KOHLER, Wis., Sept 24 (Reuters) - Feuding Ryder Cup team mates Brooks Koepka and Bryson DeChambeau put their differences aside and focused their attention on beating Europe on Friday contributing points that helped power the United States into a dominating 6-2 lead.
The two men barely crossed paths on Friday but when the dust settled both showed up on the Whistling Straits scoresheet.
Koepka was out early in the morning foursomes with Daniel Berger securing a full point with a 2&1 win over Lee Westwood and Matt Fitzpatrick.
DeChambeau did not appear on the scene until the afternoon for the fourball session partnering with Scottie Scheffler to battle Spanish world number one Jon Rahm and Briton Tyrrell Hatton to a draw, adding a half-point to the U.S. cause.
After going 0-3-0 at the 2018 Ryder Cup in Paris the half-point was the first for DeChambeau while Scheffler earned a half-point in what was his competition debut.
"I'm glad I got something for the team," said DeChambeau. "Frustrating, but we fought hard.
"We had a lot more opportunities to do things, and just didn't take advantage of those."
Arriving at Whistling Straits for the biennial showdown, Koepka and DeChambeau were tagged as the hand grenade ready to be tossed into the U.S. team room, their squabble threatening to spill over and blow up American chances.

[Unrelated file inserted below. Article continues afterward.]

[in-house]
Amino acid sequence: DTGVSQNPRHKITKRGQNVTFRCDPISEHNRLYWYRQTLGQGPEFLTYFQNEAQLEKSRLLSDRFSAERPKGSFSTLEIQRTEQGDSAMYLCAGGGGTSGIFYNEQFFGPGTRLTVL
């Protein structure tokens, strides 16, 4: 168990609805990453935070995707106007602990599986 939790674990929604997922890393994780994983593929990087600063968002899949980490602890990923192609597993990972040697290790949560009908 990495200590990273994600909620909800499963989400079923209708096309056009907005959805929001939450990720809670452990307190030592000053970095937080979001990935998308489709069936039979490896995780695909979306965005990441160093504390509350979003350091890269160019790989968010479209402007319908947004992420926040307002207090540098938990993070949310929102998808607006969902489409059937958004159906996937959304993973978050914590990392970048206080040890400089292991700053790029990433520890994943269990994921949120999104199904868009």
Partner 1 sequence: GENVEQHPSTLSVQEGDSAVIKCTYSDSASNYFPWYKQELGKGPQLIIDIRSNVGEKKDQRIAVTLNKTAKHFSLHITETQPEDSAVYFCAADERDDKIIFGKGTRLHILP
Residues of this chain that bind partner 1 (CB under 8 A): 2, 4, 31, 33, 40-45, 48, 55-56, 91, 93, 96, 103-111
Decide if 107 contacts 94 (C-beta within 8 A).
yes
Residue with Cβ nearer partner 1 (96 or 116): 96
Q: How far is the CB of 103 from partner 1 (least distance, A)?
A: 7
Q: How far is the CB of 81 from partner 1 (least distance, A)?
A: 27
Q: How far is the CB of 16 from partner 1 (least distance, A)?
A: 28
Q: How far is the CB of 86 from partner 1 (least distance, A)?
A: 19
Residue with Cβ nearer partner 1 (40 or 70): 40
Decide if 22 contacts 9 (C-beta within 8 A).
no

Both men made faint gestures towards mending fences but in the end, being U.S. team mates seemed to be the only common ground.
"Do what you're supposed to do, go out and win our match, and that's all we can do and did that," said Koepka.
There are 24 of the world's best golfers competing at Ryder Cup and DeChambeau is the one nearly all of the 40,000 spectators want to see.
DeChambeau, golf's version of a homerun king, is the big-hitter who does ridiculous things smashing golf balls.
He also comes with a prickly, quirky persona that has made him golf's most polarizing and intriguing figures.
He emerged out of the tunnel onto the first tee to a thundering ovation and then gave the packed grandstand what they had come to see.
Marching up to his ball, DeChambeau snarled, gritted his teeth then launched his tee shot into orbit and when it re-entered the atmosphere came down where it often does: deep in the rough.
At the second he missed the fairway again.
Then there are holes like the 603-yard par five fifth, a dog leg right guarded by bunkers and water on both sides.
It is a three-shot hole even for some of golf's best but DeChambeau has a different approach hitting 417-yard drive that left him a short wedge into the green and 10-foot putt for eagle.
"I knew if it was a little downwind, I could take a unique line, and I luckily was able to have that wind today," said DeChambeau. "I said to myself, all right, I have to aim at the green, so I did.
"I just aimed at the green and bombs away."
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